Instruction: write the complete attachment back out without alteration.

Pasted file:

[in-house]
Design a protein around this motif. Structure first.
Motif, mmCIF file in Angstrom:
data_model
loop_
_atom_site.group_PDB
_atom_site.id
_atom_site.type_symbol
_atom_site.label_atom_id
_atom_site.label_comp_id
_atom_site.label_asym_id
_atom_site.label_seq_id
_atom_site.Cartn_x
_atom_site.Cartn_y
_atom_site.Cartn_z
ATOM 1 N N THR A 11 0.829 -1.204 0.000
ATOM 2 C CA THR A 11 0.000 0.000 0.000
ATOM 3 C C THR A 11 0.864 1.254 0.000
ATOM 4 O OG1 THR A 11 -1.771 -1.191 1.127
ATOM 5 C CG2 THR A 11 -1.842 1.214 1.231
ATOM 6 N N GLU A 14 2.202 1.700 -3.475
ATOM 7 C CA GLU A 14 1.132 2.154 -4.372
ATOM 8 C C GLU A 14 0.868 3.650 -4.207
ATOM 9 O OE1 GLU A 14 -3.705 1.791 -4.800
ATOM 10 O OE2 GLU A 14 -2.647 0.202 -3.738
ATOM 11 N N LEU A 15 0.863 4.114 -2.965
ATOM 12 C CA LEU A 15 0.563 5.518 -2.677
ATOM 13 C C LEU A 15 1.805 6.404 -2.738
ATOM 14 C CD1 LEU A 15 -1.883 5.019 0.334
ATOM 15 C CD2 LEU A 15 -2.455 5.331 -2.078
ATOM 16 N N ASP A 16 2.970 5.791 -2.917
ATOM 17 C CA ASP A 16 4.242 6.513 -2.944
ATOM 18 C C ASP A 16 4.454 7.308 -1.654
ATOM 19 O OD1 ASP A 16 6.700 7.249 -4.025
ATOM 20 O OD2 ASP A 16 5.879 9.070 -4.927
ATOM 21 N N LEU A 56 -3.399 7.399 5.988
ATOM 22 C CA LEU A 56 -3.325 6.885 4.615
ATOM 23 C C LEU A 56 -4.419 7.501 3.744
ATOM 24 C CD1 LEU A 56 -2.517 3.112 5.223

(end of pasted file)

[in-house]
Design a protein around this motif. Structure first.
Motif, mmCIF file in Angstrom:
data_model
loop_
_atom_site.group_PDB
_atom_site.id
_atom_site.type_symbol
_atom_site.label_atom_id
_atom_site.label_comp_id
_atom_site.label_asym_id
_atom_site.label_seq_id
_atom_site.Cartn_x
_atom_site.Cartn_y
_atom_site.Cartn_z
ATOM 1 N N THR A 11 0.829 -1.204 0.000
ATOM 2 C CA THR A 11 0.000 0.000 0.000
ATOM 3 C C THR A 11 0.864 1.254 0.000
ATOM 4 O OG1 THR A 11 -1.771 -1.191 1.127
ATOM 5 C CG2 THR A 11 -1.842 1.214 1.231
ATOM 6 N N GLU A 14 2.202 1.700 -3.475
ATOM 7 C CA GLU A 14 1.132 2.154 -4.372
ATOM 8 C C GLU A 14 0.868 3.650 -4.207
ATOM 9 O OE1 GLU A 14 -3.705 1.791 -4.800
ATOM 10 O OE2 GLU A 14 -2.647 0.202 -3.738
ATOM 11 N N LEU A 15 0.863 4.114 -2.965
ATOM 12 C CA LEU A 15 0.563 5.518 -2.677
ATOM 13 C C LEU A 15 1.805 6.404 -2.738
ATOM 14 C CD1 LEU A 15 -1.883 5.019 0.334
ATOM 15 C CD2 LEU A 15 -2.455 5.331 -2.078
ATOM 16 N N ASP A 16 2.970 5.791 -2.917
ATOM 17 C CA ASP A 16 4.242 6.513 -2.944
ATOM 18 C C ASP A 16 4.454 7.308 -1.654
ATOM 19 O OD1 ASP A 16 6.700 7.249 -4.025
ATOM 20 O OD2 ASP A 16 5.879 9.070 -4.927
ATOM 21 N N LEU A 56 -3.399 7.399 5.988
ATOM 22 C CA LEU A 56 -3.325 6.885 4.615
ATOM 23 C C LEU A 56 -4.419 7.501 3.744
ATOM 24 C CD1 LEU A 56 -2.517 3.112 5.223